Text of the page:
Love, Respect, and Ride Safe,
Many secrets … Colin “Caesar” Campbell
By Paul Kent
April 11, 2009 12:00am
IT begins with an open window. Everything today, the escalation in violence, the historical hate between the Bandidos and Comanchero, begins with that window.
As secrets go, Colin “Caesar” Campbell has been hanging on to the secret of that window for 26 years.
Like his brothers Bull (Phillip), Snake (Geoff), Wack (John), Chop (Mario) and Shadow (Gregory), Caesar was once a Comanchero.
They were the Wrecking Crew and together with the McElwaine brothers – Knuckles (Phil), Gloves (Mark) and Dukes (Greg) – the unofficial muscle of the gang.
“They could walk into a room of a hundred men and clear the room,” said Bear Campbell, an adopted brother. They broke away in 1983 because of the window.
Not even the Comanchero that remained, the ones that stayed loyal to then-president William “Jock” Ross when the gang split in 1983, knew about the window.
They still don’t.
Special section: Inside the bikie violence
“You’re just the ninth person to know this,” Bear said yesterday. “And four are dead.”
Bear is Caesar’s adopted brother, and we are talking about Caesar’s secret. Caesar is 62, the last surviving original Bandidos office-bearer, and despite a recent stay in hospital he can still clear a room if he must.
From retirement Caesar watches the latest escalation of bikie violence, filthy at the attacks on homes where children sleep, adamant this was never what it was about.
Gallery: Sydney’s bikie gang war
Those naive to their war might point to Milperra, but Caesar insists back then they had honour. Indeed, Milperra was all about honour.
Police still believe the war began over turf, or drugs, or a combination of both. They alleged it in court in 1984, some seven weeks after the violence in the carpark of Milperra’s Viking Tavern, when six bikies were shot dead, as well as 14-year-old Leanne Walters.
Now, for the first time, Caesar Campbell has let go of the secret that cost him two brothers – Shadow and Chop – at Milperra, and which would see Wack die three years later from illness caused by the massacre.
“One of the Campbell brothers and another member went to another member’s house and saw Jock Ross’ vehicle out the front,” he said.
“They went to the front door and looked through the window and saw Jock and the other member’s wife in a compromising position in the lounge room.
“They knocked on the door, they answered the door, and both members looked at Jock and turned around and came straight to me and told me about it.
“It was then that it was decided that Jock would be brought up on charges of committing one of the greatest offences that you can make in a motorcycle club – apart from selling heroin and making a police statement – by making love to a member’s wife.”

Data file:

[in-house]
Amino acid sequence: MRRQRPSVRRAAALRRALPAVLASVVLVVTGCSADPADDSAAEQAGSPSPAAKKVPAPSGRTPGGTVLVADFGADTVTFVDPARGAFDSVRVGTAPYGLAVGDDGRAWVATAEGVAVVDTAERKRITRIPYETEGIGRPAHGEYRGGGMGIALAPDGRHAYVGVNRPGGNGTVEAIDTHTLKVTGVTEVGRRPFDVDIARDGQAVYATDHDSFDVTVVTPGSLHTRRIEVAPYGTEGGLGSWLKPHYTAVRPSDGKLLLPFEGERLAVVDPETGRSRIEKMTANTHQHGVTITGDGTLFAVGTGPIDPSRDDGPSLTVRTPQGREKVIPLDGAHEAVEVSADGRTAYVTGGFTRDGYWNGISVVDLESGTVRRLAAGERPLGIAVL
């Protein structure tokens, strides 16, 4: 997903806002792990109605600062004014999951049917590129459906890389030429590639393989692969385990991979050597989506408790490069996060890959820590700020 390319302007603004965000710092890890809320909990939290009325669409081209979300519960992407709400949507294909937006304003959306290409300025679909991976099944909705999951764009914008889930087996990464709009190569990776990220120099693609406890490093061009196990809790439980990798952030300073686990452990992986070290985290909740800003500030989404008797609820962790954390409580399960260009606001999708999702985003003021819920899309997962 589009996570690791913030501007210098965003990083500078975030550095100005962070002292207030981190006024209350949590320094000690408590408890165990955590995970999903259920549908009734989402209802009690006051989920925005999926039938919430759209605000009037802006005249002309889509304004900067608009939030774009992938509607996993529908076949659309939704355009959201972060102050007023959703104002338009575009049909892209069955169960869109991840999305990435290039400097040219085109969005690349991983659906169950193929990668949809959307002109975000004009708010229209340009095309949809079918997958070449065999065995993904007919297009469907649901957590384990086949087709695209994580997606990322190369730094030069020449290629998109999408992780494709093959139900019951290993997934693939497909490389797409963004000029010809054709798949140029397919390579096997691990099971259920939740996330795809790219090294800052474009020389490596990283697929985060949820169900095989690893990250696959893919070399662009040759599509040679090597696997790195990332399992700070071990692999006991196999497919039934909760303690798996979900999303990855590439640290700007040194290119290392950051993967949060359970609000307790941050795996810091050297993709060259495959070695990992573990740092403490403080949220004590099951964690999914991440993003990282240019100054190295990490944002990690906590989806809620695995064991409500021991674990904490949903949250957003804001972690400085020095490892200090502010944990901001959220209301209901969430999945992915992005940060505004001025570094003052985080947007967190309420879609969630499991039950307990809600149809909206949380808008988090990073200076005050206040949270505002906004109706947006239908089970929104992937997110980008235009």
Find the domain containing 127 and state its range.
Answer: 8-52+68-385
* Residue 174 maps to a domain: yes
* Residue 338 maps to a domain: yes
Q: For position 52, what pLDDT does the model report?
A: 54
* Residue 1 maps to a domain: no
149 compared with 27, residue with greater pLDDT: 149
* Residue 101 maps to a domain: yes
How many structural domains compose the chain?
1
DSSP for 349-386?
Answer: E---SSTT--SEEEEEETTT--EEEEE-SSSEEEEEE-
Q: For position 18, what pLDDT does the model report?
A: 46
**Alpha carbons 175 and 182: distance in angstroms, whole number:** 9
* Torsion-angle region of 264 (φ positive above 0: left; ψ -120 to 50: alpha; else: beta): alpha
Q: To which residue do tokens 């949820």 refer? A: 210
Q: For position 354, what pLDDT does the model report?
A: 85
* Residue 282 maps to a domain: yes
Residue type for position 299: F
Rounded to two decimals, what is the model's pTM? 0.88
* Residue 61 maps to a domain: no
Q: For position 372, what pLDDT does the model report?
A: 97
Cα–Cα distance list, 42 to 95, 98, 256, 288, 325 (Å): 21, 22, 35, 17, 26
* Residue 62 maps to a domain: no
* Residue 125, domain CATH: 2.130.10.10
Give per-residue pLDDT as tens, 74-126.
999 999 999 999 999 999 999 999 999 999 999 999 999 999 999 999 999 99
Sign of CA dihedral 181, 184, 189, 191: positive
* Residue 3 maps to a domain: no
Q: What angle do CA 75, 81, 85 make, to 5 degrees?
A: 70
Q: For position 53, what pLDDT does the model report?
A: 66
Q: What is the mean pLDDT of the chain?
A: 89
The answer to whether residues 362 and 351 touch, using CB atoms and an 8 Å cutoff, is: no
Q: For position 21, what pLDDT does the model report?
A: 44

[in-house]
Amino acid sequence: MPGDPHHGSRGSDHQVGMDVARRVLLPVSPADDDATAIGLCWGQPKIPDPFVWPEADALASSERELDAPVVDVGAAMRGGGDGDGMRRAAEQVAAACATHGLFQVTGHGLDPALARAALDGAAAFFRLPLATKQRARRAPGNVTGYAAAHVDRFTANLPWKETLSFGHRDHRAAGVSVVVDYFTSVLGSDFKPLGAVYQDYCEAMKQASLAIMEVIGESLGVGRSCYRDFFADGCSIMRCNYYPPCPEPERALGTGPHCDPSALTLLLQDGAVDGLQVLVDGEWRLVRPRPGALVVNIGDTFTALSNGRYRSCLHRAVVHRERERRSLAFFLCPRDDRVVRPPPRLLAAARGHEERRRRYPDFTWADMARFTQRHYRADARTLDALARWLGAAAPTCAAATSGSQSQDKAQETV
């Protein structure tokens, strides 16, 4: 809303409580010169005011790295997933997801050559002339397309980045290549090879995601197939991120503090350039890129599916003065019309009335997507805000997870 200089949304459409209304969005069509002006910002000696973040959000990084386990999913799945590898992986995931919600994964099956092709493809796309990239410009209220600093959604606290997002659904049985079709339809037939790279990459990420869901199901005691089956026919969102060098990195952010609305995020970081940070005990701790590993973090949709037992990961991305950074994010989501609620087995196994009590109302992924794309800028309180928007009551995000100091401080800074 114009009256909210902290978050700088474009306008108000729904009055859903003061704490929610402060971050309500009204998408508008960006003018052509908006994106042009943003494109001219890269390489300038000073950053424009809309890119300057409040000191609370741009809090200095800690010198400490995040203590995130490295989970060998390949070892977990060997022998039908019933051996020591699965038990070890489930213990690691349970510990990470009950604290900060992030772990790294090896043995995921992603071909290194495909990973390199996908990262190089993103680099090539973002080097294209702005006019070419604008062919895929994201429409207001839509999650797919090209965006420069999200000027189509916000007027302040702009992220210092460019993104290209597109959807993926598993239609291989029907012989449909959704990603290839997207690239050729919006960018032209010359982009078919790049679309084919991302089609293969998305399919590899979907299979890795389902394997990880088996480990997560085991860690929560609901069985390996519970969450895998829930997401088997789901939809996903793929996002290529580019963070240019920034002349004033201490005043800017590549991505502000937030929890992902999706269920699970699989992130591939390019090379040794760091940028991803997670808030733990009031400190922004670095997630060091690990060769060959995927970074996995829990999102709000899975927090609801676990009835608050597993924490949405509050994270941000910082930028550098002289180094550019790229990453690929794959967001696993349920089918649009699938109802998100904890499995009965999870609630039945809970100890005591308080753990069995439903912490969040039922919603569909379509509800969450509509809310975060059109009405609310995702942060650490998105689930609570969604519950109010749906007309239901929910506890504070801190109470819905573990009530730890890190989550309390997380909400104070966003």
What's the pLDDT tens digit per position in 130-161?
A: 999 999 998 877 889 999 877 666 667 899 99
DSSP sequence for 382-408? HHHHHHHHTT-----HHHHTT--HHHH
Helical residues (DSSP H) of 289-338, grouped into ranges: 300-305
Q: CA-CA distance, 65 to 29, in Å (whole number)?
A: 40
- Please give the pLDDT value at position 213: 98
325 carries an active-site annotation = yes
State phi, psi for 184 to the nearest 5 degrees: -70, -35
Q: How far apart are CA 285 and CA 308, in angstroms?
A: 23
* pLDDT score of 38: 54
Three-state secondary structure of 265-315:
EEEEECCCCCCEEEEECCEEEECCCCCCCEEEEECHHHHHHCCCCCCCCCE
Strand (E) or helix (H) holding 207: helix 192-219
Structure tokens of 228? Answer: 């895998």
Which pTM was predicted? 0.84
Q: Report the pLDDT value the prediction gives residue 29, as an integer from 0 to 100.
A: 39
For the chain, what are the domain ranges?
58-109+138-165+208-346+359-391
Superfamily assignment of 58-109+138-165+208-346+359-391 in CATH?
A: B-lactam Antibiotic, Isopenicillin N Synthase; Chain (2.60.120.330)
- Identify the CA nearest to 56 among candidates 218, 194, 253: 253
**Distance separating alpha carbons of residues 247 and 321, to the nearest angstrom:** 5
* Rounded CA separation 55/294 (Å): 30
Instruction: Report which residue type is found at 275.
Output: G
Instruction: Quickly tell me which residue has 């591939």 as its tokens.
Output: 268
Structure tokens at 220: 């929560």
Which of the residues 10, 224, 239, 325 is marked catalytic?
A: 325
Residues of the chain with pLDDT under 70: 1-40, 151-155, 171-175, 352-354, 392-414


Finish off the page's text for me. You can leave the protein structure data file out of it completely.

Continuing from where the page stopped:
Ross had broken one of the 10 club rules he drew up himself, namely Club Rule 4: “Any member found guilty of screwing another member’s Ol’ Lady, or taking advantage of a rift between them for future conning up, will be thrown out.”
The Campbells and McElwaines, their bond born in battle, were filthy.
Caesar won’t reveal the member’s identity now out of respect to his children but as sergeant-at-arms he ordered Ross to the next club meeting to face charges.
He failed to show.
He failed to show at the next meeting, too, but walked into the third, announced he was splitting the Comanchero into two separate chapters, and walked out.
The Wrecking Crew went to the city, opening their clubhouse at 150 Louisa Rd, Birchgrove. Ross’s clubhouse remained at 65 Harris St, Harris Park, in western Sydney.
Relations remained strained but workable until the club’s annual run. It broke down amid fights and threats, and the city chapter returned and voted to break away.
Police believe the breakaway occurred shortly after Christmas 1983, when Anthony “Snotty” Spencer and Charlie Scibberas flew to America to seek permission to form an Australian Bandidos chapter.
What actually happened was “Snotty” and Charlie had gone to America two years earlier to buy Harley-Davidson parts, met Charles “Ha Ha Chuck” Gillies, president of the Bandidos’ Albuquerque chapter, and now Snotty and Shadow called Ha Ha Chuck. “Within a week it was granted,” Caesar said.
A set of colours were made and taken to Caesar for approval.
More colours were ordered, but for 10 days Caesar was the only man in colours. For 10 days he was president, vice-president, sergeant-at-arms, treasurer and secretary.
Bashing and clubhouse attacks took place until August 1984, when Snotty and Jock officially declared war in a phone call.
Caesar declared homes and places of work off limits. Everywhere else was fair game.
It was unlike today’s bikie war, where homes are now a target of choice, and small attacks continued until Father’s Day 1984.
Among the dead and bloodied at Milperra, Caesar was shot six times.
He was thrown into a car and dropped off at Bankstown Hospital. Some weeks later Caesar gripped the back of his chair while his Ol’ Lady Donna pulled four remaning shotgun pellets from his back with tweezers and a buck knife and no anaesthetic.
Much of what the gangs believed they stood for then is now lost.
Caesar does not see the honour he once stood for, and still stands for.
Some time before Milperra the American Bandidos visited Australia and noticed the Australian patch, the fat Mexican brandishing a pistol, was wrong. The American Bandido has a white beard. The Australian version was black. They ordered the patches back so they could be burned and replaced with the correct patch.
No, said Caesar.
On his jacket was the blood of his dead brothers. He wasn’t giving it up. The Americans insisted, saying the club stood above all else.
Caesar knew in that patch was the blood of everything he stood for, so he looked at the Americans and said, “If you want it, come and get it”.
Caesar, the original Bandido, is the only man in Australia to still have that patch.